Twenty-five percent will be charismatic, but in mainline Protestant and Catholic churches—mainly in the ‘‘developed’’ nations of Europe and North America. Their services will be the mildly charismatic affairs typical of the ‘‘third wave,’’ and may or may not carry the label ‘‘Pentecostal’’ or ‘‘charismatic.’’ They will gradually surpass the older ‘‘liberal’’ churches in size and influence. In a sense, they will become the ‘‘mainline’’ churches of the twenty-first century.
Twenty-five percent will be non-charismatic Christians from the mainline Protestant and Catholic churches. These will include two groups; the ‘‘liberal’’ churches, which will continue to decline in numbers, and the non-charismatic evangelical churches, which will continue to grow while becoming a smaller proportion of the total number of Christians. The ‘‘liberals’’ will have less power in the denominational structures but will continue to dominate the ecumenical movement. The ‘‘evangelicals’’ will be about equally divided between those who are more open to charismatic worship and those who will more and more be drawn into a defensive fundamentalist shell.
Twenty-five percent will be nominal Christians from all churches, people who do not practice their faith and are Christians only in a cultural sense. Most of these will be in a progressive condition of apostasy, and Christian only in a faintly historical way. They will constitute a large number of Western (mostly white) church members who find the church increasingly irrelevant, and will, as apostates, leave their names on the church rolls while seldom if ever attending services, or else they will leave the church entirely.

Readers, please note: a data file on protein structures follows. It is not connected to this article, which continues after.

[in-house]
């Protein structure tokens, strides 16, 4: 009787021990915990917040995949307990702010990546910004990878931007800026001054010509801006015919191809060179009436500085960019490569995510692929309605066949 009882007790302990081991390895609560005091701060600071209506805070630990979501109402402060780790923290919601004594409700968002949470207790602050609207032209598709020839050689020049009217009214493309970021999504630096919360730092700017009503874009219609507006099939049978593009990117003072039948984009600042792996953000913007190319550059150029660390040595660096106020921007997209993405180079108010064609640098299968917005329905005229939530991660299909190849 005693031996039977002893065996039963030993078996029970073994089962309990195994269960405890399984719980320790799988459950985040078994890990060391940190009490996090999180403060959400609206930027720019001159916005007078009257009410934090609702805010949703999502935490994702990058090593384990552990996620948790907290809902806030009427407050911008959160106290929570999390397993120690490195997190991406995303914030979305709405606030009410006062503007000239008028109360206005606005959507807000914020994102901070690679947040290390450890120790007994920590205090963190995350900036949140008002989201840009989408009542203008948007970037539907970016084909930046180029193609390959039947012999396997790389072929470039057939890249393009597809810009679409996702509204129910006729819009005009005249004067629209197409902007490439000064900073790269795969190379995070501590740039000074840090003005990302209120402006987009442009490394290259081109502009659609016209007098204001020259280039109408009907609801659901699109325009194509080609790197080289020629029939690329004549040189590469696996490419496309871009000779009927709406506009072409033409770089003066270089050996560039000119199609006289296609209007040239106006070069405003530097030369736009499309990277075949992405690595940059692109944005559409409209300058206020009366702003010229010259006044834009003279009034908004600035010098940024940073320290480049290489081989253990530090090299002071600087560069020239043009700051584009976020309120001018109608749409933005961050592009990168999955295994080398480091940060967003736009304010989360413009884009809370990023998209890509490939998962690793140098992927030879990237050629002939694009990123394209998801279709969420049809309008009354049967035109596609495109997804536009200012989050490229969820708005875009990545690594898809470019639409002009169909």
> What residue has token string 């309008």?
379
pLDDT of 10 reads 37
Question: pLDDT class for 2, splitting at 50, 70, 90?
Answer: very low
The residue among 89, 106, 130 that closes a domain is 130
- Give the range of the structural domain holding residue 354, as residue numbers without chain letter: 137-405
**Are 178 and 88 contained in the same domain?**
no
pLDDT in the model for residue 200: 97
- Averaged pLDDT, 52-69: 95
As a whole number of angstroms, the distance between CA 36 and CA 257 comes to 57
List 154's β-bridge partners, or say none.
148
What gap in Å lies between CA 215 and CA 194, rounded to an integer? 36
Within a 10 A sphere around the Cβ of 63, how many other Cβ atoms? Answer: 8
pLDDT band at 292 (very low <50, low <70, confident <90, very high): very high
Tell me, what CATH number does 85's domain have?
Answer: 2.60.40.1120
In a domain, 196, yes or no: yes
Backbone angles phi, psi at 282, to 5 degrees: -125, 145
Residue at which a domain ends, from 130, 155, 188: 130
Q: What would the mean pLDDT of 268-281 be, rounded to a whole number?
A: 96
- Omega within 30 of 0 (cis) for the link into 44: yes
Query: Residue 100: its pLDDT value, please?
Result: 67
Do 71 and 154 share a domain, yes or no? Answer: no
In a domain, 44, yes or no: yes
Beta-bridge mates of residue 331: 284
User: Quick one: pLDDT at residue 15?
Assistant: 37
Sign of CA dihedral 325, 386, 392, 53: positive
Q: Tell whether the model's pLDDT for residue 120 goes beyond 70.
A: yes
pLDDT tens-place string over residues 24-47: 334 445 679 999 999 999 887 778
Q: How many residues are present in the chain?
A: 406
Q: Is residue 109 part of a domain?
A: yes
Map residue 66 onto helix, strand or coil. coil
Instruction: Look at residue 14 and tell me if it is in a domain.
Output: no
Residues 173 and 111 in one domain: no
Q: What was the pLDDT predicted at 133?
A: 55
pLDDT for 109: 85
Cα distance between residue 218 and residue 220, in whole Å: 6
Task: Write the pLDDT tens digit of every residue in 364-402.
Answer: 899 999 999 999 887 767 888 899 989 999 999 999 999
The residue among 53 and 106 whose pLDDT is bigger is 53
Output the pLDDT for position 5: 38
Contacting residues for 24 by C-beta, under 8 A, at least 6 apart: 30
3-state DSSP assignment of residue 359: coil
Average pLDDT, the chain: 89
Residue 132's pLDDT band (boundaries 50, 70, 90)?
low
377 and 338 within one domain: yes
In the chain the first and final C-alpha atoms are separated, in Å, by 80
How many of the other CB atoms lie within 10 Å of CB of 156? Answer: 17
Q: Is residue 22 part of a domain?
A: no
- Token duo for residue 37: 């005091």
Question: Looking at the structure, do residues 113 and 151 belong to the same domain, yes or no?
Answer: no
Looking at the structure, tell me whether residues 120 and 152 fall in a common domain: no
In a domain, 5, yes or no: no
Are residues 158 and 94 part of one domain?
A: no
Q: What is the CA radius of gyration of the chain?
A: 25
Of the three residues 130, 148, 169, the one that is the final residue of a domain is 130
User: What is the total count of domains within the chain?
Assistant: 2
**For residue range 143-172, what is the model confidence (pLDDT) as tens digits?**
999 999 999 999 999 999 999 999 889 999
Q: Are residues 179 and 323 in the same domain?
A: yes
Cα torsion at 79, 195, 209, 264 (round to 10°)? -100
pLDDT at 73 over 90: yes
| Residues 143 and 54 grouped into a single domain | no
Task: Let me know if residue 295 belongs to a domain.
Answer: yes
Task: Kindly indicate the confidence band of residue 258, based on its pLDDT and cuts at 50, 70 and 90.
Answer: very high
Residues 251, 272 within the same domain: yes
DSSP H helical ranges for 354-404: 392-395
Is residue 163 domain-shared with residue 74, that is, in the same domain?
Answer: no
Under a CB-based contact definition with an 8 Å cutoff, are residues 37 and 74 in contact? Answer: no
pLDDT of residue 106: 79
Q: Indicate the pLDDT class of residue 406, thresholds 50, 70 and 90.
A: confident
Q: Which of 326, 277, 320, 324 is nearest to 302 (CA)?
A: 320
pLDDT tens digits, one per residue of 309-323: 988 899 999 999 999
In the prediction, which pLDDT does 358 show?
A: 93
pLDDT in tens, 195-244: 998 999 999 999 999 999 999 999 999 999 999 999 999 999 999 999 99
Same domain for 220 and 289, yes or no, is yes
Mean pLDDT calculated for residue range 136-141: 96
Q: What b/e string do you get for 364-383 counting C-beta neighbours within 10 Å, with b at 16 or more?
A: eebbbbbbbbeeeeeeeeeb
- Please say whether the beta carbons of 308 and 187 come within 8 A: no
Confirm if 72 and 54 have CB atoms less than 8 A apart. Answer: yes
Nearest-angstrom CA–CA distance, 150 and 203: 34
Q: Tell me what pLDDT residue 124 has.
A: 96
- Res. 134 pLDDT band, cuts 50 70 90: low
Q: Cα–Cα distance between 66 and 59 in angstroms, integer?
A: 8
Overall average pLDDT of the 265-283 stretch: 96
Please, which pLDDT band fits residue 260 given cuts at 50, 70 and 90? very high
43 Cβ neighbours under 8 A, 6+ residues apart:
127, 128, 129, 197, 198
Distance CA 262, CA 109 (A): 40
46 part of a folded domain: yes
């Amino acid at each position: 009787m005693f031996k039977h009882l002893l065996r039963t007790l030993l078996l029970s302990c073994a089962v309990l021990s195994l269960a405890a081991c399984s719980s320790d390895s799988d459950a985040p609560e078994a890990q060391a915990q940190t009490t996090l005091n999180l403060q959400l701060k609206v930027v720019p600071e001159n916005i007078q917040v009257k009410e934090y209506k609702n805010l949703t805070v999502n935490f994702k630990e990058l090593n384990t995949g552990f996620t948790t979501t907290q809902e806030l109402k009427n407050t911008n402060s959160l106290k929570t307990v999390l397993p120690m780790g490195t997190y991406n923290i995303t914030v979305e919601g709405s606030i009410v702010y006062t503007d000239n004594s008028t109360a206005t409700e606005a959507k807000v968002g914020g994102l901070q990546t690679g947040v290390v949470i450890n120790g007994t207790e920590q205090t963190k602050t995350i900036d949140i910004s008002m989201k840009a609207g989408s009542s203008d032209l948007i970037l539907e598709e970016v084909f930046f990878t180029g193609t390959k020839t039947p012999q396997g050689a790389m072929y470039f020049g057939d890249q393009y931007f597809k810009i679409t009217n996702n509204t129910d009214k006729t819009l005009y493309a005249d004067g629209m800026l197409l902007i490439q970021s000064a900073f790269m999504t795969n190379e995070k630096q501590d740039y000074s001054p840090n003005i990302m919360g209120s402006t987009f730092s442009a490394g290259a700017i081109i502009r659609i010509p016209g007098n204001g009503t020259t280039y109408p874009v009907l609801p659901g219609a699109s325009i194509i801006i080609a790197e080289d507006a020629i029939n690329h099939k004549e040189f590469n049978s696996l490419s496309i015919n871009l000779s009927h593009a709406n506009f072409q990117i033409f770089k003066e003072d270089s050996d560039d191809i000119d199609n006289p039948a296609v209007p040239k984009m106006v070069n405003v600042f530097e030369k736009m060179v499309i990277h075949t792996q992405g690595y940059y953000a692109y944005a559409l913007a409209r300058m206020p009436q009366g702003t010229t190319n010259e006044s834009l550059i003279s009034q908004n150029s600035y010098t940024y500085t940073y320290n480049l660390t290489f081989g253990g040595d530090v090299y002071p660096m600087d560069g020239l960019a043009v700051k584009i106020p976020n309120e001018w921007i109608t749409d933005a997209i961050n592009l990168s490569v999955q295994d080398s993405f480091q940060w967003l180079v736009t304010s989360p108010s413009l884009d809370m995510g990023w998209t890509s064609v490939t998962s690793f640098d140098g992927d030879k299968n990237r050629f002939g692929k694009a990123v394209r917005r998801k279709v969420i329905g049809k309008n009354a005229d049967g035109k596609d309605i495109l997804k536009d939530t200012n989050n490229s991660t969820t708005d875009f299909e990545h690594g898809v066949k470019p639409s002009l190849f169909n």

One of the first observers to note these trends was John Alexander Mackay, President of Princeton Theological Seminary, who once called the American Pentecostals ‘‘the fly in the ointment of Protestantism.’’ By 1967, however, he was calling the charismatic renewal ‘‘the most influential and significant movement of our time.’’ Mackay also saw the possibility of ‘‘a more cordial rapprochement between Catholics and Pentecostals than between the adherents of the mainline denominations.’’ After reviewing the decline of the mainline Protestant churches and the growth of the Pentecostal churches, Mackay offered the following prophecy: ‘‘The Christian future may lie with a reformed Catholicism and a matured Pentecostalism.’’
If Mackay’s vision proves to be correct, it is altogether possible that the future of Christianity will be molded by the developing Pentecostal churches of the Third World interacting with the vigorous charismatic elements in the traditional churches. The recent history of church growth in Africa and Latin America indicates that Christian affairs of the twenty-first century may be largely in the hands of surging Pentecostal churches in the Third World and a Roman Catholicism inspired and revivified by the charismatic renewal.
[originally posted http://eerdword.com/2020/03/18/in-memoriam-vinson-synan/]